Our guest on Jan. 31 was Michael Seaver, a leadership and executive coach based in Arizona. You can find the full video recording here. If you would like to listen to the audio recording only, you can listen to our interview here.
Before we started the webcast recording, some of us started talking about chronotypes. Below is the page I held up on the screen camera. You can find the web link to that story here.
According to Michael, our personal brand incorporates our values, motivators, experiences, and strengths. They come together as patterns that exist through how we live our lives. It is the 3-5 things that make us unique. We then express our personal brand through the work we do, how we conduct ourselves, the color(s) we choose, our body language, what we choose to say in our resume, LinkedIn profile, executive biography, interview, and even when we are out networking. We have to consciously use that same language repeatedly; if it is not utilized—whether on paper or in electronic format—then it is hard for others to understand what is true to us. In other words, our personal brand is expressed both verbally and non-verbally; and it has to be expressed in a consistent manner.
When Michael works with clients on developing their personal brand, he begins the process by having his clients complete a behavioral profile using the DiSC assessment. He then works with them to identify their motivators and value structure. Once he has compiled that information, his clients draft three guiding statements: an intention statement (similar to a mission statement), an ambition statement (goals, vision), and finally their value proposition, which becomes the foundation for their personal brand.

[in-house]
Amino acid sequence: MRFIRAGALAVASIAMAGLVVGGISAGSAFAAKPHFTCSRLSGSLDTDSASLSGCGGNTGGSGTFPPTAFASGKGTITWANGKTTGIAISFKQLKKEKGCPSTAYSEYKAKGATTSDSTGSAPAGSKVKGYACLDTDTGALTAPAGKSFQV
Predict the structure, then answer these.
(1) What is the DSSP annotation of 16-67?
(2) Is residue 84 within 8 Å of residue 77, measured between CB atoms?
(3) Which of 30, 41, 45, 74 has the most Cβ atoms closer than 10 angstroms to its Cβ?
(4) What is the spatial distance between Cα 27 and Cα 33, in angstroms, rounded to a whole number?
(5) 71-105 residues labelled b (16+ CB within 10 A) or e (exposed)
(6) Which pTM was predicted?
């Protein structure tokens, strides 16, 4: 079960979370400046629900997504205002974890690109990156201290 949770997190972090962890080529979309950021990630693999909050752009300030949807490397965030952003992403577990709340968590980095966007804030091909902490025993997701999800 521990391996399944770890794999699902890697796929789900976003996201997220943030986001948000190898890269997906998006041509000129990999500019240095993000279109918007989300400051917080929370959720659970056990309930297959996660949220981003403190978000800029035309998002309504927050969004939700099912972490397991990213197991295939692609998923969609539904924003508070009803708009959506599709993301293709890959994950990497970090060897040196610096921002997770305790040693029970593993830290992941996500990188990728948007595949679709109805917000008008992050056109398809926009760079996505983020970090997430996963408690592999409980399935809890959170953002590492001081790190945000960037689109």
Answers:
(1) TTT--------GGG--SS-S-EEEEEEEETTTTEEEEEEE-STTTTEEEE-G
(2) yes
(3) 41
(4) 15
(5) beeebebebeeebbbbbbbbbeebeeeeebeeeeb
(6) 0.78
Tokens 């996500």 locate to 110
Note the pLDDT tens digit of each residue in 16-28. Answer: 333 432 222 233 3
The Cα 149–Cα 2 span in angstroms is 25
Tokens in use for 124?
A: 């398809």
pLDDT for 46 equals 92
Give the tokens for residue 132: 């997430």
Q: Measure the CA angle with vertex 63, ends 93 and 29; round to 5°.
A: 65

All of us should develop a personal brand, including introverts. All of us, including introverts, should focus on the alignment between thought, mission, what it is that we are and our actions. The greater the congruence and consistency in those aspects of our life, the easier it will be for people to know us for our brand. Introverts can share their brand (this is typically with smaller groups of people) by producing content, for instance, by writing a blog or posting on Instagram. Introverts can also demonstrate their brand within organizations by getting small groups of people together to make sure that those in the group are moving towards a common goal. Additionally, introverts can showcase their brand by getting involved in non-profit organizations within their community.
Job search and career advancement aside, personal branding is also relevant from a job satisfaction standpoint. In a 2017 study of the global workforce, Gallup found that only 13% of the global workforce were engaged. In other words, 87% were disengaged or actively working against their organization. As organizations, this is a huge loss of productivity. As individuals, it means that 87% of the global workforce were working in environments in which they are not satisfied. If we do not know what it is that we want (including the type of environment in which we will be our best) or if we cannot articulate the value that we bring to an organization/team, it will be challenging for us to proactively engage in and be satisfied with the work that we do.
If you would like to work directly with Michael on developing your brand—whether for your job search or career advancement—you can find him at https://michaelsseaver.com/. To sign up for Michael’s newsletters, visit https://michaelsseaver.com/contact-me/. For those in the US, you can text the word “discovery” to 66866.
As iMBA and iMSA students you also have free access to Beyond B-School, including their videos on personal branding:
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For upcoming events, please bookmark and follow our blog. See you at our next event on February 14 when I speak with Ross Macpherson, expert resume, cover letter and LinkedIn profile writer.